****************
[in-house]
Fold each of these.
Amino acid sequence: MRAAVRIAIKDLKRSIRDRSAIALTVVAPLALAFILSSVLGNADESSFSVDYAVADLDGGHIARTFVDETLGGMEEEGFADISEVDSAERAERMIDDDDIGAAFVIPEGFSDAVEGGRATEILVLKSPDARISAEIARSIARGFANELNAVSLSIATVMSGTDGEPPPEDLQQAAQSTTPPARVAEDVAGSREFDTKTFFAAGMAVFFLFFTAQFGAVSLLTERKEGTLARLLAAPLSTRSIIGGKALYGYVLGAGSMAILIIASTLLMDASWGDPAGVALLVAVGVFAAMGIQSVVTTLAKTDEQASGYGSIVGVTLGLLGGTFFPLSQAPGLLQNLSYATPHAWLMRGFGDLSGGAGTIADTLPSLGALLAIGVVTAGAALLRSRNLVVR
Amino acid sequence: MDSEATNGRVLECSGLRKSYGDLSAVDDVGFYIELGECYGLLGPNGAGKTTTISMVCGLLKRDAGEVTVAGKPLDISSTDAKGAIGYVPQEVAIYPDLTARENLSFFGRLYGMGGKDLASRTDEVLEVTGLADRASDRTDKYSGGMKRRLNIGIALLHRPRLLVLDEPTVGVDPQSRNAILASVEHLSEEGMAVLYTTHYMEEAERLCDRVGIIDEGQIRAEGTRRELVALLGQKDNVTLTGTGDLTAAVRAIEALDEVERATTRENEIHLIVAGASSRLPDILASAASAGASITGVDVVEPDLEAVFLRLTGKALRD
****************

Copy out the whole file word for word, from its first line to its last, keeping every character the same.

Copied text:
[in-house]
Fold each of these.
Amino acid sequence: MRAAVRIAIKDLKRSIRDRSAIALTVVAPLALAFILSSVLGNADESSFSVDYAVADLDGGHIARTFVDETLGGMEEEGFADISEVDSAERAERMIDDDDIGAAFVIPEGFSDAVEGGRATEILVLKSPDARISAEIARSIARGFANELNAVSLSIATVMSGTDGEPPPEDLQQAAQSTTPPARVAEDVAGSREFDTKTFFAAGMAVFFLFFTAQFGAVSLLTERKEGTLARLLAAPLSTRSIIGGKALYGYVLGAGSMAILIIASTLLMDASWGDPAGVALLVAVGVFAAMGIQSVVTTLAKTDEQASGYGSIVGVTLGLLGGTFFPLSQAPGLLQNLSYATPHAWLMRGFGDLSGGAGTIADTLPSLGALLAIGVVTAGAALLRSRNLVVR
Amino acid sequence: MDSEATNGRVLECSGLRKSYGDLSAVDDVGFYIELGECYGLLGPNGAGKTTTISMVCGLLKRDAGEVTVAGKPLDISSTDAKGAIGYVPQEVAIYPDLTARENLSFFGRLYGMGGKDLASRTDEVLEVTGLADRASDRTDKYSGGMKRRLNIGIALLHRPRLLVLDEPTVGVDPQSRNAILASVEHLSEEGMAVLYTTHYMEEAERLCDRVGIIDEGQIRAEGTRRELVALLGQKDNVTLTGTGDLTAAVRAIEALDEVERATTRENEIHLIVAGASSRLPDILASAASAGASITGVDVVEPDLEAVFLRLTGKALRD